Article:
there is rain on the window sill, a little puddle forming on the inside. the grey has been a weighty slab of flesh dampening the color of these trees and hills, a seemingly unending year of a thick, bland sky. the reluctance to reach out, text or call is indicative of my apathy and it’s only a moment more that will determine whether i leave this house or crawl into bed.
opt to leave, little man.
and bring your checkbook.
winter storm warning. what a ring that phrase has! for us locals, a veritable crap-ton of snow dropped in the back yard last night that even has the truck wondering why it sits buried under fluffy white. cars lie empty and cockeyed on shoulders of the surrounding roads, hazard lights faintly blinking while their drivers presumably limped off into the drifts. they say an uber driver will arrive to my door within 20 minutes but i’m unsure uber realizes the hills in which i reside. i have a 4 o’clock shift downtown and the 12 inches of beautiful snow that’s stacked between me and the city is so daunting it’s laughable. a giggle occurs.
off to the clean-cut heroes of my automotive traction needs. on foot i shall acquire chains which i will then slap onto an old little truck and we’ll see just how fast off to the races we can be.
Lately, every time I look up at the cold Northwest overcast, I go through the same cycle of thought: “Geez, it’s miserable again, haven’t seen blue sky in what seems like a month, when will summer finally get here?” Then I realize that the East Coast and Midwest have some truly miserable temperatures that literally make getting down the street a terrible chore and even the idea of going on a run in the park is an insulting farce in the face of an indomitable winter.
It’s cloudy today and I haven’t seen the sun in what seems like months but it’s a toasty 42 degrees farenheit and I’m going to go goof off in the park as soon as I push “enter”. (In shorts, no less.)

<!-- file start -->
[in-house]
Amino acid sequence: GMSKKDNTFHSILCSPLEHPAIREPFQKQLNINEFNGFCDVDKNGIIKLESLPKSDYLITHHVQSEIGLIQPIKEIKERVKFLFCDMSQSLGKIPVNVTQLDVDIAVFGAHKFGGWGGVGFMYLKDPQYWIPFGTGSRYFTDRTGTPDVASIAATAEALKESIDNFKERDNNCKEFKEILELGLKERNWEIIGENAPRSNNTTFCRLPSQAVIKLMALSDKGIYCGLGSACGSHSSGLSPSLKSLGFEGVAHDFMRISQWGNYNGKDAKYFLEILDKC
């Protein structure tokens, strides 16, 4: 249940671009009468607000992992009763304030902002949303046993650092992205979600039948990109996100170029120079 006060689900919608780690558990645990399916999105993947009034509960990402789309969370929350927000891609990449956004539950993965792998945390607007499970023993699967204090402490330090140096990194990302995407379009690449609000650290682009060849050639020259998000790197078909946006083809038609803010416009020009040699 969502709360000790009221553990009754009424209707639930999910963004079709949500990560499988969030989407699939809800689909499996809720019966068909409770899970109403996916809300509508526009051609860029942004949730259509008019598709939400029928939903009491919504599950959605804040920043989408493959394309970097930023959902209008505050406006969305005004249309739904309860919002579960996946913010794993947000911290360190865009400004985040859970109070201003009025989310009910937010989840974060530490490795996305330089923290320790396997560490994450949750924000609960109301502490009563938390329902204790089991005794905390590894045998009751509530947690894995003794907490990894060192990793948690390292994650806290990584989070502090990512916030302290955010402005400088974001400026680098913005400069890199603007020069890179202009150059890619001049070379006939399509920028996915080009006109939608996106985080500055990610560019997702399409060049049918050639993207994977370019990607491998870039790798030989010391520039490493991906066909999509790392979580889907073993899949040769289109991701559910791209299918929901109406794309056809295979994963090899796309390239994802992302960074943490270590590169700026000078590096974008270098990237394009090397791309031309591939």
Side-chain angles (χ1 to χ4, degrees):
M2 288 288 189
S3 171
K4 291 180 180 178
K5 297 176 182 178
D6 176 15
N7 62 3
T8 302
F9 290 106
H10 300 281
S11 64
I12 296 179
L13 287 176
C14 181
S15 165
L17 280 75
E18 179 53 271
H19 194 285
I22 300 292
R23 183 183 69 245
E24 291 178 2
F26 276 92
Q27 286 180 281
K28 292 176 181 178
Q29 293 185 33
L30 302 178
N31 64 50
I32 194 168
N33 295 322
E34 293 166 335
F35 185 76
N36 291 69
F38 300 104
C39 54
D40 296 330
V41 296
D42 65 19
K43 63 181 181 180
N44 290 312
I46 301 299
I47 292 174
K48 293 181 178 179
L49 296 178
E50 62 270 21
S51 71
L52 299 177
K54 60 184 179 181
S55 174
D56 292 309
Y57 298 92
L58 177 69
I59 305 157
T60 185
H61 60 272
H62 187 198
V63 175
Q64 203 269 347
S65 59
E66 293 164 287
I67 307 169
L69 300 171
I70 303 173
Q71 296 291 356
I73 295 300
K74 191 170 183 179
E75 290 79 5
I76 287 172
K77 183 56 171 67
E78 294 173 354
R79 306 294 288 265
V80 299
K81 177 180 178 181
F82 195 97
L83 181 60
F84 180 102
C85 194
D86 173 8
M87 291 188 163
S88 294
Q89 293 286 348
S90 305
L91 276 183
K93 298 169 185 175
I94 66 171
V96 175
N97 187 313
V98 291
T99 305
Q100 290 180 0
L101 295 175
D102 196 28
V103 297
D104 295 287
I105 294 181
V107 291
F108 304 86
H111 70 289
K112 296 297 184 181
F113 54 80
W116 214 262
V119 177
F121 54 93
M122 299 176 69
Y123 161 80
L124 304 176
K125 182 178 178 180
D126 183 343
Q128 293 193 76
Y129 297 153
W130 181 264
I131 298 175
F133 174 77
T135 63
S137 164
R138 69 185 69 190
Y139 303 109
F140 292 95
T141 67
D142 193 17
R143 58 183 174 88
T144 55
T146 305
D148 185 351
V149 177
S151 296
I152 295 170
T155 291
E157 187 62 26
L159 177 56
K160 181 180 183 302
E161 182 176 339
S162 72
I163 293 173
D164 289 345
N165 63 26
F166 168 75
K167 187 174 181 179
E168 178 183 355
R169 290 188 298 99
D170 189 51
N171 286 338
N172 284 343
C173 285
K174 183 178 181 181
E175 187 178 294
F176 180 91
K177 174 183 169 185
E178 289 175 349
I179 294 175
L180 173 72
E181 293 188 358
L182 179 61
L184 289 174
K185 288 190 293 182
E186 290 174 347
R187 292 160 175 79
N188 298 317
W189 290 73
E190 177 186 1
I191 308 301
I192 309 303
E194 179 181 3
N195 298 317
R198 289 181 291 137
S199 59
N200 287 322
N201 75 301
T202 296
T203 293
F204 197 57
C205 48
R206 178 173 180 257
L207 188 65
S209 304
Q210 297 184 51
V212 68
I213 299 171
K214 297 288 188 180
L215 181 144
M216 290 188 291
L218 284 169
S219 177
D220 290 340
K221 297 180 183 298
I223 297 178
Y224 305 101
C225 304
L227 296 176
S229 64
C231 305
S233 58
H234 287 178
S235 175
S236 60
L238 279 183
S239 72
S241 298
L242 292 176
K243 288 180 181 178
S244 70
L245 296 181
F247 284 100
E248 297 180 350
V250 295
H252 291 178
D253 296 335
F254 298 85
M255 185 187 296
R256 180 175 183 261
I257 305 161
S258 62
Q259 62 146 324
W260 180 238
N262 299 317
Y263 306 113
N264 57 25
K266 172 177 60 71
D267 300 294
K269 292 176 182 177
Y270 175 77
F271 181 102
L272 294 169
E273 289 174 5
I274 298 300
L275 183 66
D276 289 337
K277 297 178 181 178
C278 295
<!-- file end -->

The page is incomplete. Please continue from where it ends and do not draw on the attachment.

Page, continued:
Title homage to Jim the boor and Perry the weird guy.
I haven’t gone over 60 miles an hour in almost a year. Everything in Vietnam is wonderfully relaxed, even the frantic throngs of traffic go slow, conversations and schedules are leisurely fixed inside a sphere of a lackadaisical world.
It starts as a cool and airy morning that grows into a thick and sluggish muggy afternoon proceded by an evening of small breezes and then finally a nighttime where the air is thrilling and refreshing. Except for the occasional mushroom cloud of putrid organic mysteries that have been building all day, the smog lifts and the atmosphere becomes a dark haven.
It’s the dead of winter in Vietnam and I haven’t seen any scarves or stocking hats, no gloves or jackets with hoods, I haven’t seen my breath or sniffed ice-cold clean brisk kiss of a January wind. It hasn’t fallen below 80 degrees even for a second and my internal thermometer is still residing at a higher latitude.
The locals and foreigners all lounge on street fronts, storefronts, corners and under awnings. Gathered on cool stoops or shady alleys, huddled chewing the fat and imbibing cold beverages, watching pedestrians and perfecting what I know as a “summertime lean.” When the heat is your master and the only way to obey is to get as close as horizontal as possible, however and whenever.
What a way to spend a winter.